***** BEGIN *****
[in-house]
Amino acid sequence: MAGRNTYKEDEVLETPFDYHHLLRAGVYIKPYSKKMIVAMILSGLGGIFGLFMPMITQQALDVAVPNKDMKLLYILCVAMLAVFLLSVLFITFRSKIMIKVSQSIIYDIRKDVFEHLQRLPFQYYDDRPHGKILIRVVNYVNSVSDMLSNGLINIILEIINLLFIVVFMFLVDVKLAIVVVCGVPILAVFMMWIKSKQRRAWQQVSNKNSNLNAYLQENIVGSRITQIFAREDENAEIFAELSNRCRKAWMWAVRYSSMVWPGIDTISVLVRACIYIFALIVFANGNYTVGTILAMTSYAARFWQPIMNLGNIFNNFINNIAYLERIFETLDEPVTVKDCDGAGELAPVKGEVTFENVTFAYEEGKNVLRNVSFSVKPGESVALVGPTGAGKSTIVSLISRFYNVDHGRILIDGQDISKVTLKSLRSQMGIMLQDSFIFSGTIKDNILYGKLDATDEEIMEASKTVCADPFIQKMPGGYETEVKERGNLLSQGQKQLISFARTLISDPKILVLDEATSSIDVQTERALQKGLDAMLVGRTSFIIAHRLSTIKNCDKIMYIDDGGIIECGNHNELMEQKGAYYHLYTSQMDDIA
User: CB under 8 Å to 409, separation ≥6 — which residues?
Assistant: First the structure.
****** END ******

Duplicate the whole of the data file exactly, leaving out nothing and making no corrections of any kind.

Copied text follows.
[in-house]
Amino acid sequence: MAGRNTYKEDEVLETPFDYHHLLRAGVYIKPYSKKMIVAMILSGLGGIFGLFMPMITQQALDVAVPNKDMKLLYILCVAMLAVFLLSVLFITFRSKIMIKVSQSIIYDIRKDVFEHLQRLPFQYYDDRPHGKILIRVVNYVNSVSDMLSNGLINIILEIINLLFIVVFMFLVDVKLAIVVVCGVPILAVFMMWIKSKQRRAWQQVSNKNSNLNAYLQENIVGSRITQIFAREDENAEIFAELSNRCRKAWMWAVRYSSMVWPGIDTISVLVRACIYIFALIVFANGNYTVGTILAMTSYAARFWQPIMNLGNIFNNFINNIAYLERIFETLDEPVTVKDCDGAGELAPVKGEVTFENVTFAYEEGKNVLRNVSFSVKPGESVALVGPTGAGKSTIVSLISRFYNVDHGRILIDGQDISKVTLKSLRSQMGIMLQDSFIFSGTIKDNILYGKLDATDEEIMEASKTVCADPFIQKMPGGYETEVKERGNLLSQGQKQLISFARTLISDPKILVLDEATSSIDVQTERALQKGLDAMLVGRTSFIIAHRLSTIKNCDKIMYIDDGGIIECGNHNELMEQKGAYYHLYTSQMDDIA
User: CB under 8 Å to 409, separation ≥6 — which residues?
Assistant: First the structure.